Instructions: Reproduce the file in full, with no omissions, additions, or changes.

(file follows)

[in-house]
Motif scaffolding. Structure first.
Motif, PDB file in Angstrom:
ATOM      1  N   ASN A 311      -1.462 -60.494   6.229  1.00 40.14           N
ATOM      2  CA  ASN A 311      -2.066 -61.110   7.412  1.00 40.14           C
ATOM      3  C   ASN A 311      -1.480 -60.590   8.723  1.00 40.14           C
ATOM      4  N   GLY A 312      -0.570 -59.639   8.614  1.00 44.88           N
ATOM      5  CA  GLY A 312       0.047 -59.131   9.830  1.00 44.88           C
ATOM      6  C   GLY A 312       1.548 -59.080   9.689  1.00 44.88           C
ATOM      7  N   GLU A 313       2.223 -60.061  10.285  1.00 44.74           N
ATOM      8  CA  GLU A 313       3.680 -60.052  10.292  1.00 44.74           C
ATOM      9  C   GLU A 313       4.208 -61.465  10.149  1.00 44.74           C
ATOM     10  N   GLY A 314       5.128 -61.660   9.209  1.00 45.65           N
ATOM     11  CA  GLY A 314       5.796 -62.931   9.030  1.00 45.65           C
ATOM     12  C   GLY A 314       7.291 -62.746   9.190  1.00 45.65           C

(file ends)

[in-house]
Motif scaffolding. Structure first.
Motif, PDB file in Angstrom:
ATOM      1  N   ASN A 311      -1.462 -60.494   6.229  1.00 40.14           N
ATOM      2  CA  ASN A 311      -2.066 -61.110   7.412  1.00 40.14           C
ATOM      3  C   ASN A 311      -1.480 -60.590   8.723  1.00 40.14           C
ATOM      4  N   GLY A 312      -0.570 -59.639   8.614  1.00 44.88           N
ATOM      5  CA  GLY A 312       0.047 -59.131   9.830  1.00 44.88           C
ATOM      6  C   GLY A 312       1.548 -59.080   9.689  1.00 44.88           C
ATOM      7  N   GLU A 313       2.223 -60.061  10.285  1.00 44.74           N
ATOM      8  CA  GLU A 313       3.680 -60.052  10.292  1.00 44.74           C
ATOM      9  C   GLU A 313       4.208 -61.465  10.149  1.00 44.74           C
ATOM     10  N   GLY A 314       5.128 -61.660   9.209  1.00 45.65           N
ATOM     11  CA  GLY A 314       5.796 -62.931   9.030  1.00 45.65           C
ATOM     12  C   GLY A 314       7.291 -62.746   9.190  1.00 45.65           C